St Kilda is a remote archipelago in the North Atlantic. For centuries its people lived a very basic life, farming Soay sheep and existing on a diet of seabirds and their eggs, salted mutton, oats and barley.
In 1914 a nurse posted to the island wrote;
‘life here is imprisonment to any who has led an active life.’
The islanders were, she said, lacking in basic hygiene, subject to many diseases, and often malnourished. They spoke only Gaelic.
In 1930 the residents of the settlement petitioned the Secretary of State for Scotland for their evacuation. Life had become untenable; many of the able-bodied men had either died or left, and those that remained were insufficient to look after the women and the livestock.
The St Kildans did not think they could survive another winter. Tourists to the islands had also given them a glimpse of a better way of life. In August of that year, the evacuation took place.
Yet two hundred years earlier, in the early 18th century, Rachel, Lady Grange, a woman used to Edinburgh society and the luxuries of the aristocracy, had been abducted and taken to St Kilda, where she lived out her days until she was taken to her final home on Skye. In The Unreliable Death of Lady Grange, Edinburgh author Sue Lawrence tells the fictionalised story of Rachel’s strange and terrifying life.
The story begins in 1732 with Rachel’s funeral. Present are her bereaved husband, James Erskine, Lord Grange, pillar of the Kirk and Lord Justice Clerk of Scotland, his sister Jean, and his five surviving children. The oldest, Mary, however, is suspicious – not only was her mother extremely healthy, but how have both she and her waiting woman suddenly disappeared in the dead of night? No-one listens to Mary, but years later she will act on her suspicions and finally discover some of the truth.
In the meantime, the story is told through the narratives of Rachel herself, James, Rachel’s servant Annie and several other key characters.
This is a most effective way to lead us through the plot, with each writer having a different version of the story to tell, and their own ideas about what has happened.
Rachel is writing from exile, and begins by explaining the background to her marriage – for her own family had suffered a major scandal in her youth, with her father being hanged for murdering a judge, and so tainted is the family name that James’s interest in her is both unexpected and wonderful. James, aware of her background, is so taken with Rachel that he is prepared to overlook it, and the first years of their marriage go well. Unfortunately it becomes increasingly clear that James wants, above all, a male heir; when Rachel miscarries their first baby, James’s true nature starts to appear, although when a healthy son arrives a year later things resume their happy state for some time.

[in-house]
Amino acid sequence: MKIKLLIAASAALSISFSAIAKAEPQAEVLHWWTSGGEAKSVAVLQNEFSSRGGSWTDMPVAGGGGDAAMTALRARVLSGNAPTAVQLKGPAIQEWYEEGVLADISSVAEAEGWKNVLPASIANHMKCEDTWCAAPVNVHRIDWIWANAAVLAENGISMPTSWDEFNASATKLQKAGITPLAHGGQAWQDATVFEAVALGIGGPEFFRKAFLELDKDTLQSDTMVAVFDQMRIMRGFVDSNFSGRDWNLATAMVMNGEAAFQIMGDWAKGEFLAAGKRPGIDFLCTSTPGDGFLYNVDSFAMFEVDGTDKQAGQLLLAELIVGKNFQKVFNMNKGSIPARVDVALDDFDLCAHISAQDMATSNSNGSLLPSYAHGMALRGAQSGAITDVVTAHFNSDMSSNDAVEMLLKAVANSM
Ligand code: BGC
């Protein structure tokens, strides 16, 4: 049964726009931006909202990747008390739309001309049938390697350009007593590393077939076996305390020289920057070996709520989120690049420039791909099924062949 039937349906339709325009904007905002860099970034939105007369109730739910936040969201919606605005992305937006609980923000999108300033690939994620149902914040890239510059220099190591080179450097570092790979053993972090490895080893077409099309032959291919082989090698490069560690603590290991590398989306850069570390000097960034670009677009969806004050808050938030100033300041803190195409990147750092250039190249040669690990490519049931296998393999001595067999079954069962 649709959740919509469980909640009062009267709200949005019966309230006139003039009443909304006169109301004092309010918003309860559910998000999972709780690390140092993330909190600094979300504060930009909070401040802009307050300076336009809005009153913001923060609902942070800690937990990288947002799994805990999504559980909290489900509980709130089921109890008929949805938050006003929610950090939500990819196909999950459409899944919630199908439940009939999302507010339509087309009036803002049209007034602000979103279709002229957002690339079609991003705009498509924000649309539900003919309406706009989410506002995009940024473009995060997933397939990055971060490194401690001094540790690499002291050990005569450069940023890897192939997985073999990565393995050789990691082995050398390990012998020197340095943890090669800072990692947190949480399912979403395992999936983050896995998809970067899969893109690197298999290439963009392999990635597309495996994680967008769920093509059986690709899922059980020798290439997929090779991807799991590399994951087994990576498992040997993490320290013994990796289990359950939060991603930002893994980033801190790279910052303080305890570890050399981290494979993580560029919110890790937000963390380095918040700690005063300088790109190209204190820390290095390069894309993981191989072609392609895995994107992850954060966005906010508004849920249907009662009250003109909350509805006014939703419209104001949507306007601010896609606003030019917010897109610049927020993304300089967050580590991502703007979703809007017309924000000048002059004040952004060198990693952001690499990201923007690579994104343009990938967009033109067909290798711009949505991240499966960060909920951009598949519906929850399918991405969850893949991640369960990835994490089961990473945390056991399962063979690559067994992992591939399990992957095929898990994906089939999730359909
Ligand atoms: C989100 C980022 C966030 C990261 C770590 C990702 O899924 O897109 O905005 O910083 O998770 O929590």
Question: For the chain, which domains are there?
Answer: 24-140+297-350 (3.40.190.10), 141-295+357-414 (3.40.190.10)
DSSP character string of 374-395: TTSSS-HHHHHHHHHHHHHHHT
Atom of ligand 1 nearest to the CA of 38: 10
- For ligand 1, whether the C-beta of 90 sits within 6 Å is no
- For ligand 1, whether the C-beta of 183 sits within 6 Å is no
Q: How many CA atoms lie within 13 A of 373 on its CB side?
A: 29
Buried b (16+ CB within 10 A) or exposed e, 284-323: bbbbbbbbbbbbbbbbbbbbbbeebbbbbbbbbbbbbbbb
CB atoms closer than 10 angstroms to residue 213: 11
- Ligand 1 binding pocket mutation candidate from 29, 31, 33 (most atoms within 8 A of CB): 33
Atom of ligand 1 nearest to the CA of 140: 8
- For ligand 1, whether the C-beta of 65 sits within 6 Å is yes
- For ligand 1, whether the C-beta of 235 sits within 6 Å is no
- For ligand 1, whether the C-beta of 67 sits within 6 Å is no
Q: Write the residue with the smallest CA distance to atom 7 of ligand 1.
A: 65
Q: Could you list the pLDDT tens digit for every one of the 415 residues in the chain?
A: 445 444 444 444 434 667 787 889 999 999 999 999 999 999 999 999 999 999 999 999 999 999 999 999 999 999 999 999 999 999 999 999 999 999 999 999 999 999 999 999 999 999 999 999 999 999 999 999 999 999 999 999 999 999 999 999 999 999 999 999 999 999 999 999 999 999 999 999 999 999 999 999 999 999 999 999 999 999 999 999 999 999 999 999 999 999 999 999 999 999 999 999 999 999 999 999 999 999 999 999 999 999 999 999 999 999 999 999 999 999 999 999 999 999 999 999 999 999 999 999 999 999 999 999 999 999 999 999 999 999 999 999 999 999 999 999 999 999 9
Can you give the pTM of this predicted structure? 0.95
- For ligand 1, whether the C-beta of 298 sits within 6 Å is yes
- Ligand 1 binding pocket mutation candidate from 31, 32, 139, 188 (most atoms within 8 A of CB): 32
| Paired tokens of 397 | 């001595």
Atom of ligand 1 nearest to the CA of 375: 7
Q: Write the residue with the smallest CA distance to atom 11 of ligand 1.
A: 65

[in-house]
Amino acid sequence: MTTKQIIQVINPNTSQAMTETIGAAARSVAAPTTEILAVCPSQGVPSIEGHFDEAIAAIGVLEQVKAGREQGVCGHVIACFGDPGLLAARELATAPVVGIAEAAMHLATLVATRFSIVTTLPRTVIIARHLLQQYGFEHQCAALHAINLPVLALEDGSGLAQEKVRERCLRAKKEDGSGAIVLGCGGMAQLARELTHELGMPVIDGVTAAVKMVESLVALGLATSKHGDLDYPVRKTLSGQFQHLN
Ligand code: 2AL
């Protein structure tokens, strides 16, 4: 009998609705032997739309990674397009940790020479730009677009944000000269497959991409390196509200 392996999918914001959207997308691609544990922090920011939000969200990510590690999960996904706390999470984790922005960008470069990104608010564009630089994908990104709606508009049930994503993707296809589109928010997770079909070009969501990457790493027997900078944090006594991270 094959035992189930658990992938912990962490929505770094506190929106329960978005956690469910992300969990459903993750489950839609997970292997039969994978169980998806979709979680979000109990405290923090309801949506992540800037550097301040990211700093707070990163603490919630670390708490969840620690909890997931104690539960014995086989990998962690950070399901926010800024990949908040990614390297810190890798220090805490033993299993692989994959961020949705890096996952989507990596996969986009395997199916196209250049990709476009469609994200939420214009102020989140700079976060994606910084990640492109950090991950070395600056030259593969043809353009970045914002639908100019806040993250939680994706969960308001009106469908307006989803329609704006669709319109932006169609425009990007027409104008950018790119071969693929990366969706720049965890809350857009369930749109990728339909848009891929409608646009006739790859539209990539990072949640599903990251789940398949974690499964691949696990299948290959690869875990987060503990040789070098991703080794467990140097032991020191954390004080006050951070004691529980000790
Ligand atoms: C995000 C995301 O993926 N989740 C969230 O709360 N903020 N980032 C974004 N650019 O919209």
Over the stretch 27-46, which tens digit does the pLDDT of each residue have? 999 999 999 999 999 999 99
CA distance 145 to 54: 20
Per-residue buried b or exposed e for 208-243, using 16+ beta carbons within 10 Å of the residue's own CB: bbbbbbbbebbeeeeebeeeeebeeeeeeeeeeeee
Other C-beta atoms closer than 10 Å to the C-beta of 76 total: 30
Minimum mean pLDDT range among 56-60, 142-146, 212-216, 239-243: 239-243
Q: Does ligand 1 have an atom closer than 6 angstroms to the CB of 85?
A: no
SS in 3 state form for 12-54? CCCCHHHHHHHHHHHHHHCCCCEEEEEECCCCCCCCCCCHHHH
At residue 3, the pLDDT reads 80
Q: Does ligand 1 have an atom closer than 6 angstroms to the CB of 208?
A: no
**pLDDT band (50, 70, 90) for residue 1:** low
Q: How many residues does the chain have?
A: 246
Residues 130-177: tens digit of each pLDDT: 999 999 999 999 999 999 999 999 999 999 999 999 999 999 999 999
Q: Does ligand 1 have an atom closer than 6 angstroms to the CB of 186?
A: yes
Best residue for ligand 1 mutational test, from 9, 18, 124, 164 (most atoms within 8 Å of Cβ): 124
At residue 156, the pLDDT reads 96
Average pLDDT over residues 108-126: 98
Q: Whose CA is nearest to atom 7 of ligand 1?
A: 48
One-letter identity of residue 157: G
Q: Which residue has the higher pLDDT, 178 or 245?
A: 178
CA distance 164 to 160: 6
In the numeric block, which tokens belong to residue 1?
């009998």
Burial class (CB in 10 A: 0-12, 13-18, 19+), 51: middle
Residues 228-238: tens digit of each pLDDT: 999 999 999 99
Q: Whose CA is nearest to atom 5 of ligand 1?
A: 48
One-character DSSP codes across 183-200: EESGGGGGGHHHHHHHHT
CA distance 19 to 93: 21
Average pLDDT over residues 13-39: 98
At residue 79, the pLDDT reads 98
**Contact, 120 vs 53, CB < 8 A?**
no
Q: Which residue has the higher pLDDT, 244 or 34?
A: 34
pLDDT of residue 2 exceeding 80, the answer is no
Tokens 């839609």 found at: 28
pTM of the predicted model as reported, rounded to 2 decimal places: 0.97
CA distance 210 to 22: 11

Rachel, though, is not the subservient wife that James had anticipated – she is headstrong, outspoken, temperamental, and an increasingly heavy drinker. Whilst James is not exactly teetotal himself, different rules apply to women, and it is not long before problems emerge in the marriage.
Like most men of his status at that time, James has a mistress, Fanny Lindsay. Rachel is at first unaware of this, though she still tells Mary, before her own wedding to Lord Kintore, that;
‘”There are certain duties you must assume as a wife but then, once…you’ve produced heirs for the Earl, you can simply enjoy being a countess…and leave him and his urges to mistresses or courtesans.”’
‘I could hardly believe I was repeating the trope that a wife must look away when a husband took a mistress, but I said only what my mother had said to me and hers before her.’
As James gets more and more fed up with his strong-minded wife, he wants only to be rid of her. He alleges, and indeed persuades himself, that Rachel is mad;
‘The daughter had inherited his (her father’s) madness and temper.’
‘I was being both lenient and kind. She is a danger to herself, and to the good name of the family.’